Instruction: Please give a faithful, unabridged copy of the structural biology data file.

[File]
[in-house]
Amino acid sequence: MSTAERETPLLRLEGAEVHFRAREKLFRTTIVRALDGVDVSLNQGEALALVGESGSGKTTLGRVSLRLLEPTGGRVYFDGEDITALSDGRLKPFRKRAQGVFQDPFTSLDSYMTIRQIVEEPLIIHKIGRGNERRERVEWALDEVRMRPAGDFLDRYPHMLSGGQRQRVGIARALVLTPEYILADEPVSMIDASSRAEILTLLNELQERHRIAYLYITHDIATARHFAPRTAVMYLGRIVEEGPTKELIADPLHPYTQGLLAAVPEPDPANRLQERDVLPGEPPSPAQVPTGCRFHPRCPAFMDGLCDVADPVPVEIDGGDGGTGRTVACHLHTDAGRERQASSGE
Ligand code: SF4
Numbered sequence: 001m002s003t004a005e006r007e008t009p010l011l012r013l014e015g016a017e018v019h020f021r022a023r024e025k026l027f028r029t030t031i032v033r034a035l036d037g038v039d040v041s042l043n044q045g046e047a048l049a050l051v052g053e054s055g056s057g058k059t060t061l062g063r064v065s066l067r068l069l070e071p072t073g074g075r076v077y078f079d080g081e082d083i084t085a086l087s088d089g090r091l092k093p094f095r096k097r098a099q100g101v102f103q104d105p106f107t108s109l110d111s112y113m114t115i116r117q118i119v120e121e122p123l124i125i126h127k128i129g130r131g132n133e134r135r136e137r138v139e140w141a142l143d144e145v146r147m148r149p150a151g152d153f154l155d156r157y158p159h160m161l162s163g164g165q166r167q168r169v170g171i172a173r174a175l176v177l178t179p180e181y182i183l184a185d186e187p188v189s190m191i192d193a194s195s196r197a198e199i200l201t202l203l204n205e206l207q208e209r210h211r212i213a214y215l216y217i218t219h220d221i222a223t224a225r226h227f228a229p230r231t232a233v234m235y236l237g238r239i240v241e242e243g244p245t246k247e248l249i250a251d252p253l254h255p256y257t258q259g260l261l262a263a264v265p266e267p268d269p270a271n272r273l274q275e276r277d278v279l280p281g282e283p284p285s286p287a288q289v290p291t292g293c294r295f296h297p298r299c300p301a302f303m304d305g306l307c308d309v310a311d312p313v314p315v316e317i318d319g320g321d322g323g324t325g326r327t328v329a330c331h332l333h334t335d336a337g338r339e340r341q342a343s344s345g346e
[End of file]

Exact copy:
[in-house]
Amino acid sequence: MSTAERETPLLRLEGAEVHFRAREKLFRTTIVRALDGVDVSLNQGEALALVGESGSGKTTLGRVSLRLLEPTGGRVYFDGEDITALSDGRLKPFRKRAQGVFQDPFTSLDSYMTIRQIVEEPLIIHKIGRGNERRERVEWALDEVRMRPAGDFLDRYPHMLSGGQRQRVGIARALVLTPEYILADEPVSMIDASSRAEILTLLNELQERHRIAYLYITHDIATARHFAPRTAVMYLGRIVEEGPTKELIADPLHPYTQGLLAAVPEPDPANRLQERDVLPGEPPSPAQVPTGCRFHPRCPAFMDGLCDVADPVPVEIDGGDGGTGRTVACHLHTDAGRERQASSGE
Ligand code: SF4
Numbered sequence: 001m002s003t004a005e006r007e008t009p010l011l012r013l014e015g016a017e018v019h020f021r022a023r024e025k026l027f028r029t030t031i032v033r034a035l036d037g038v039d040v041s042l043n044q045g046e047a048l049a050l051v052g053e054s055g056s057g058k059t060t061l062g063r064v065s066l067r068l069l070e071p072t073g074g075r076v077y078f079d080g081e082d083i084t085a086l087s088d089g090r091l092k093p094f095r096k097r098a099q100g101v102f103q104d105p106f107t108s109l110d111s112y113m114t115i116r117q118i119v120e121e122p123l124i125i126h127k128i129g130r131g132n133e134r135r136e137r138v139e140w141a142l143d144e145v146r147m148r149p150a151g152d153f154l155d156r157y158p159h160m161l162s163g164g165q166r167q168r169v170g171i172a173r174a175l176v177l178t179p180e181y182i183l184a185d186e187p188v189s190m191i192d193a194s195s196r197a198e199i200l201t202l203l204n205e206l207q208e209r210h211r212i213a214y215l216y217i218t219h220d221i222a223t224a225r226h227f228a229p230r231t232a233v234m235y236l237g238r239i240v241e242e243g244p245t246k247e248l249i250a251d252p253l254h255p256y257t258q259g260l261l262a263a264v265p266e267p268d269p270a271n272r273l274q275e276r277d278v279l280p281g282e283p284p285s286p287a288q289v290p291t292g293c294r295f296h297p298r299c300p301a302f303m304d305g306l307c308d309v310a311d312p313v314p315v316e317i318d319g320g321d322g323g324t325g326r327t328v329a330c331h332l333h334t335d336a337g338r339e340r341q342a343s344s345g346e